Azur and Asmar: The Princes' Quest (U)

Film image

The ViewLondon Review

StarStarNo StarNo StarNo Star
Review byMatthew Turner07/02/2008

Two out of Five stars
Running time: 98 mins

Watchable, nicely animated fairytale with a commendable message about racial and religious tolerance but the script is perfunctory at best and the quest itself is disappointing.

What's it all about?
A European co-production, The Princes' Quest is directed by Michel Ocelot, using 2-D animation that's essentially a digital upgrade of the black paper cut-out silhouette technique. It tells the story of two boys raised by the same woman: Azur (Leopold Benedict), the blond, blue-eyed son of a nobleman (Keith Wickham) and Asmar (Frederick Benedict), the dark-skinned, dark-eyed child of the nurse (Suzanna Nour).

The children grow up hearing a fairytale about a heroic prince rescuing a Djinn fairy, both believing that the quest is their destiny. After being cruelly separated by Azur's father, they reunite years later as grown men (now voiced by Steven Kyman and Nigel Pilkington), both determined to embark on the quest.

The Good
There's a commendable message about racial and religious tolerance here, but that message is slightly undermined by the fact that none of the Arabic dialogue (of which there is quite a lot) is subtitled. The animation itself is both charming and brightly coloured, even if blue-eyed Azur does look a little weird at times.

The first half of the film is more successful, particularly with the introduction of comedy character Crapoux (Nigel Lambert), a beggar who agrees to help Azur. However, the quest itself is rather dull and there's no sense of tension or danger, even when the rather splendid Scarlet Lion shows up.

The Bad
The film's biggest problem is its script, which is perfunctory at best, to the effect that the quest plays out like a computer game (pick up magic fog potion, use magic fog potion, etc.). Similarly, it leaves several key questions annoyingly unanswered, such as Asmar's mother's unexplained transition from banished nurse to wealthy noblewoman in her own country.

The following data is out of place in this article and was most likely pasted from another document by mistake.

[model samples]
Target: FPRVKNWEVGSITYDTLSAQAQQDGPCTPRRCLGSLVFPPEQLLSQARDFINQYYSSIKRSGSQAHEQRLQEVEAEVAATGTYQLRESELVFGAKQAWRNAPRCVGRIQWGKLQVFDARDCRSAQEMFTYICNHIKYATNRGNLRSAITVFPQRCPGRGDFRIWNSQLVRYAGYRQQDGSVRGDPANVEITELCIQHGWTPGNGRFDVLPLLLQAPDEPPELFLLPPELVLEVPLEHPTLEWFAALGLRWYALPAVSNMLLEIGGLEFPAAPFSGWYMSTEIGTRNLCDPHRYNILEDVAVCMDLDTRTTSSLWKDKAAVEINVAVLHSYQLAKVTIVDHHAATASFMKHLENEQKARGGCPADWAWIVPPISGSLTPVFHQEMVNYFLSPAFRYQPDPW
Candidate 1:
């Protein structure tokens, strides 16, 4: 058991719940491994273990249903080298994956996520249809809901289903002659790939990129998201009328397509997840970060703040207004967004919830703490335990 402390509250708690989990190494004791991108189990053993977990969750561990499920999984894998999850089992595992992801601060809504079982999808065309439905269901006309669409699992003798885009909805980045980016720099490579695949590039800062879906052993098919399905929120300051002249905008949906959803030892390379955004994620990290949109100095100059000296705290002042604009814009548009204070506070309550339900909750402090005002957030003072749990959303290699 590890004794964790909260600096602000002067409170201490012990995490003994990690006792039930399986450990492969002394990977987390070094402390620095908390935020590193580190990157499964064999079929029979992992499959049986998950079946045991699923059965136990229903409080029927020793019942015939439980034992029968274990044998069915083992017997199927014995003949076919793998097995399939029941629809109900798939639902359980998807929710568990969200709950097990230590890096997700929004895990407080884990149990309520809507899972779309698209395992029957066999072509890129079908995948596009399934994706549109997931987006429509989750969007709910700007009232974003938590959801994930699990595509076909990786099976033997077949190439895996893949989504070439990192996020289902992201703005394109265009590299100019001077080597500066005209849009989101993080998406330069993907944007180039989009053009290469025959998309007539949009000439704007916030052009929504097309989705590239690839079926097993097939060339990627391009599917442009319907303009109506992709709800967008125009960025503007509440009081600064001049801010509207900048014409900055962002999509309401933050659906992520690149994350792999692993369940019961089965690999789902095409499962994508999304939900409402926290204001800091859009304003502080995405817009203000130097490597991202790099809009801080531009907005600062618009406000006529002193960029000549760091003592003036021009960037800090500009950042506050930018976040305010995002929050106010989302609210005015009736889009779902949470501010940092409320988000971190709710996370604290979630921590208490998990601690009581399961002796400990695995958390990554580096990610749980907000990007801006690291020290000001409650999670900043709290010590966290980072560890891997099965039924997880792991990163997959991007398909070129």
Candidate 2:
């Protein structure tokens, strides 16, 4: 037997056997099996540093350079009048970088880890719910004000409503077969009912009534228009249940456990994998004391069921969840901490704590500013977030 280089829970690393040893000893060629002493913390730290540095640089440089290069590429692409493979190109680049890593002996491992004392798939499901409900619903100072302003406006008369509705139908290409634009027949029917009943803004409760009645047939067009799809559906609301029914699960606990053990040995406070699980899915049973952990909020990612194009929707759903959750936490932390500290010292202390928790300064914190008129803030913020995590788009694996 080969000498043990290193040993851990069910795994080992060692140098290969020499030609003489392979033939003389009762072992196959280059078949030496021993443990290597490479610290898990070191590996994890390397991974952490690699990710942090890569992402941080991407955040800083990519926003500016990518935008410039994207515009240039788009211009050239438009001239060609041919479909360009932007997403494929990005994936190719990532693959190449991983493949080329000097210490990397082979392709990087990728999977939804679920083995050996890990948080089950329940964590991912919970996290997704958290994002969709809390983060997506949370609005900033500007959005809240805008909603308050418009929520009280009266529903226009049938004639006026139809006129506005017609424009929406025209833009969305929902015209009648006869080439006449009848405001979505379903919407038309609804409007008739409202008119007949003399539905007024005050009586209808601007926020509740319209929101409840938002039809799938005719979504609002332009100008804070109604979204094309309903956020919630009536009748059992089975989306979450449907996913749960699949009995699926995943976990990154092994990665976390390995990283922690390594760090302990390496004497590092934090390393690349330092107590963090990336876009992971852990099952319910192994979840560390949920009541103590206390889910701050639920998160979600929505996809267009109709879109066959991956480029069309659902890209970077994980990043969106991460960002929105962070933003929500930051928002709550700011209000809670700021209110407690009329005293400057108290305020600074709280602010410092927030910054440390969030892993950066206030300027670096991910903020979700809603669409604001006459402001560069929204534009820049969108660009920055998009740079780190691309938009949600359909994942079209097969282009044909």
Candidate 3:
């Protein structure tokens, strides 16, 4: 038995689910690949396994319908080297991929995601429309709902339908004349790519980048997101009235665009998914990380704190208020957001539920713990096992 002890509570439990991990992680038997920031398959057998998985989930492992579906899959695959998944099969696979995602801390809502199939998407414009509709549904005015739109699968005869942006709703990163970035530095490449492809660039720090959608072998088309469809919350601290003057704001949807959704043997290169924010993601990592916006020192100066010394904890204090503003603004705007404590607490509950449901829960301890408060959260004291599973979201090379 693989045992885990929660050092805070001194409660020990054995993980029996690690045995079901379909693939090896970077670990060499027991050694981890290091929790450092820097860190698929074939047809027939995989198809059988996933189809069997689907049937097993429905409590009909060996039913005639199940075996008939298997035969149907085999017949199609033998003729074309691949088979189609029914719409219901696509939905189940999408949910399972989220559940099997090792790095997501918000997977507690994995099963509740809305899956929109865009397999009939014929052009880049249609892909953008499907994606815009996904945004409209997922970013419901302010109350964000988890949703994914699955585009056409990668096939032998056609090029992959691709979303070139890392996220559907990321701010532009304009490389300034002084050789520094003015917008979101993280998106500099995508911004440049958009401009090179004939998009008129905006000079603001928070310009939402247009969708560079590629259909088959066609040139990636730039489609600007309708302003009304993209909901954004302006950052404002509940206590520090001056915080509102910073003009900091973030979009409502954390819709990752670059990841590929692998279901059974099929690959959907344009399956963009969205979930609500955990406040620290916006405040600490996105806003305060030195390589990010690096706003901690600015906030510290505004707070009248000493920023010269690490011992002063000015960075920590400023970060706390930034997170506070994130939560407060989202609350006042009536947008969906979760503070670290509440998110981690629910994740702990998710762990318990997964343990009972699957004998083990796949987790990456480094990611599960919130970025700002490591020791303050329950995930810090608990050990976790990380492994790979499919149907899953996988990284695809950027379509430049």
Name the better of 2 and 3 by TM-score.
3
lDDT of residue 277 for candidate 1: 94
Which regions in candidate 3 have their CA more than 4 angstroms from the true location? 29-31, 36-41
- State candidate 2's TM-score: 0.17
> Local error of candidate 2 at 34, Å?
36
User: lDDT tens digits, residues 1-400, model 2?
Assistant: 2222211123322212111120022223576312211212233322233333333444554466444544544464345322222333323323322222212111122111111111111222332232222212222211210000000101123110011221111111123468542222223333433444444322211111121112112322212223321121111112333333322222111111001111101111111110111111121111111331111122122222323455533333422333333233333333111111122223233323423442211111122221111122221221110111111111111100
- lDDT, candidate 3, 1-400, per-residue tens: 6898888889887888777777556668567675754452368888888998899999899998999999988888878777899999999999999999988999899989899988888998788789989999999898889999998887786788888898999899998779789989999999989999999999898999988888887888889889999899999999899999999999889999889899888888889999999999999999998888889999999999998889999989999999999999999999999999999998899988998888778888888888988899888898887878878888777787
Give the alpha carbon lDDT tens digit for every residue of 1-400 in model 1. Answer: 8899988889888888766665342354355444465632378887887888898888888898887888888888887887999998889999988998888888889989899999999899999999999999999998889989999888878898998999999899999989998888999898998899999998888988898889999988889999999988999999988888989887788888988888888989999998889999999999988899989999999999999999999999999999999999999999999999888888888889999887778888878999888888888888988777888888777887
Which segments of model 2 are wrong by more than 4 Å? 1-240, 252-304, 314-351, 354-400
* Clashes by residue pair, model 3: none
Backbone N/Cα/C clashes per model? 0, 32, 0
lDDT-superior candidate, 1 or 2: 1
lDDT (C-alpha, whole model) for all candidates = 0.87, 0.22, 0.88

Worth seeing?
In short, the brightly coloured animation of Azur and Asmar: The Prince’s Tale ensures that this is never less than watchable but it could have used a bit more in the way of excitement and action.

Azur and Asmar: The Princes' Quest has been reviewed by 1 users
01 Focus (15)

Will Smith, Margot Robbie, Rodrigo Santoro

02 Selma (12A)

David Oyelowo, Carmen Ejogo, Tim Roth

03 Far from the Madding Crowd (tbc)

Carey Mulligan, Tom Sturridge, Matthias Schoenaert...

04 Chappie (tbc)

Hugh Jackman, Sigourney Weaver, Sharlto Copley

05 A Most Violent Year (15)

Oscar Isaac, Jessica Chastain, David Oyelowo

Content updated: 22/04/2019 16:09

Latest Film Reviews

Film of the Week

Foxcatcher (15)

Steve Carrell and Channing Tatum star in this real life inspired story of Olympic talent, fierce competition and murder.

UK Box Office Top 5 Films